There are places you expect to find clusters of automakers: southeastern Michigan, northern Italy, or near the Nürburgring in Germany. Israel might not seem a likely candidate to join that group, yet a substantial and growing number of carmakers have been flocking to the country, the latest beingVolvo‘s parent company Geely.
A few years after acquiring Volvo in 2010, Geely established China Euro Vehicle Technology AB (CEVT) in the Swedish automaker’s hometown of Gothenburg. Its mission is to source and develop new technologies for the group, which (besides standing among China’s largest automakers) includes Volvo, Polestar, Lynk & Co, Lotus, Malaysian automaker Proton, and the London Electric Vehicle Company. It also holds a leading 9.7-percent stake in Daimler, with which it shares the Smart brand. Now, CEVT has opened a satellite office in Israel, and each of its sister-companies stands to benefit as a result.
Despite lacking any substantial history of automobile manufacturing, Israel has emerged as a powerhouse in the field of smart-mobility technology. Companies like Mobileye (acquired by Intel for $15.3 billion), Waze (by Google for $966 million), and Argus (by Continental AG for $430 million) have demonstrated the country’s leadership in such fields as autonomous vehicles, navigation, and cyber-security, respectively. And automakers like Volvo and Geely are keen to tap into the burgeoning ecosystem.
CEVT has been working with local startups since 2018 when it first participated in Israel’s annual EcoMotion expo. Now it has opened its Israel Innovation Hub near the top of Tel Aviv’s Azrieli Sarona Tower – the tallest building in the country – and tapped former EcoMotion director Lior Zeno to run the operation.
“Israel has a world-leading open innovation environment, driven by passion for AI and cyber-security,” Didier Schreiber, Head of Innovation at CEVT, told Car and Driver. “We believe that combining the efficiency of a large company like CEVT with entrepreneurial capabilities offered by Israeli companies are the best way forward to find tomorrow’s mobility solutions.”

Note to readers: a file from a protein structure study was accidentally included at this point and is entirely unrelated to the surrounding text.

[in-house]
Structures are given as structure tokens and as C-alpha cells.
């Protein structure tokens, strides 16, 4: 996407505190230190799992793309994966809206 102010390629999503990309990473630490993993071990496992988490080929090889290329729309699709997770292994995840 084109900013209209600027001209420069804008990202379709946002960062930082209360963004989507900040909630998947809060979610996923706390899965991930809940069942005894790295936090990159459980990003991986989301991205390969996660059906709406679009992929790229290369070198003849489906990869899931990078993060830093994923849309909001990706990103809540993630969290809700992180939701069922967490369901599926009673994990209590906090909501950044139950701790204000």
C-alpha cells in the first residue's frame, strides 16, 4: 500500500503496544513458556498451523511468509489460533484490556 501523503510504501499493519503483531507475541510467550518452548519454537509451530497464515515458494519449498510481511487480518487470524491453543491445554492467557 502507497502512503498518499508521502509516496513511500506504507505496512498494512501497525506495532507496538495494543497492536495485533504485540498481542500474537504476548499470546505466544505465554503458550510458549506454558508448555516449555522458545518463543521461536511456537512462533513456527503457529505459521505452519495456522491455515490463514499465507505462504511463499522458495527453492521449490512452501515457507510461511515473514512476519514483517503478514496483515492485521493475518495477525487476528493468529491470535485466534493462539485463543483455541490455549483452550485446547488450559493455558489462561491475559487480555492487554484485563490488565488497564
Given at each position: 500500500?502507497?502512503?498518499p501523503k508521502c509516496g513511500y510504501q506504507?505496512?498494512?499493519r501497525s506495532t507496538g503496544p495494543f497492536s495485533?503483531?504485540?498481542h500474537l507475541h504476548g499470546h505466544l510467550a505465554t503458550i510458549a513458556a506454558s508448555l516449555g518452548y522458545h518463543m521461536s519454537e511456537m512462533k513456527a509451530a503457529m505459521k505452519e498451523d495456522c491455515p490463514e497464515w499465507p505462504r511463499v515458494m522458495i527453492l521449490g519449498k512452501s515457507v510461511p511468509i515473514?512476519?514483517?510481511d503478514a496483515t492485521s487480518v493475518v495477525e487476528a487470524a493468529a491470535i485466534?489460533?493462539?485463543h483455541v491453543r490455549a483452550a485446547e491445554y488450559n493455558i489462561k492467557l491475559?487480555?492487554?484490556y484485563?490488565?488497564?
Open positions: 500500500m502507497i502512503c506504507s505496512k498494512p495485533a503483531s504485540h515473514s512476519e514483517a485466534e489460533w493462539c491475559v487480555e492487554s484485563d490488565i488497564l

“Innovation behind closed doors rarely leads to anything revolutionary, which is what we are aiming for. So far, our presence in Israel has been fruitful, leading to several proof-of-concepts.”
Unlike some of its rivals, CEVT says it isn’t looking to acquire or invest in startups, focusing instead on fostering mutually beneficial relationships between innovators and the Geely group. Zeno told C/D that her office has six such projects currently under way, with another four under consideration, and three more to follow in the coming months.
Recently, CEVT dispatched a Lynk & Co 01 crossover to Israel to serve as a test bed for evaluating new technologies. The vehicle is identical to those deployed in Sweden and at another facility in northern Finland, allowing developers to test their innovations in all three environments without needing to board a flight – particularly helpful under COVID-19 travel restrictions.
“We want to explore what happens if we open up for a co-creation culture and combine two vibrant high-tech ecosystems,” CEVT’s strategic-collaboration chief Mikael Rönnholm said. “This is just the beginning of something very exciting.”
The Sino-Swedish company is hardly the first automaker to set up shop in the Silicon Wadi (or “valley” in Arabic). General Motors started working with Israeli startups in 1995. Today the GM Advanced Technical Center in Herzliya employs some 400 software developers, electrical engineers, and data scientists, and serves as the only overseas outpost for GM Ventures (the automaker’s investment arm).
German automakers have also been particularly active on the ground. Volkswagen has several operations in-country, including individual offices run by its Seat, Skoda, and Porsche divisions, as well as a group hub. Mercedes-Benz has 25 employees working at its R&D center in Tel Aviv. And BMW recently opened its own office in the same building as CEVT.
In the past few years alone, Ford, the Renault-Nissan-Mitsubishi Alliance, and Geely’s Shanghai-based rival SAIC have each opened tech offices in the Middle Eastern enclave. Honda and Hyundai have also both established local offshoots of their Silicon Valley startup-accelerator programs
Not every major automaker has jumped onboard this particular bandwagon, though. Despite the controlling Agnelli/Elkann clan’s own ties in the country, Fiat Chrysler has no corporate presence in Israel to speak of. Neither does its French merger-partner PSA. Toyota AI Ventures, meanwhile, centered its tech-investment activities for the entire EMEA region in Israel … until its sole employee on the ground left, with his replacement still pending.
Given the increasingly central role which Israeli technology has been playing in the global automotive industry, however, it wouldn’t be a surprise to see even those small gaps soon filled.
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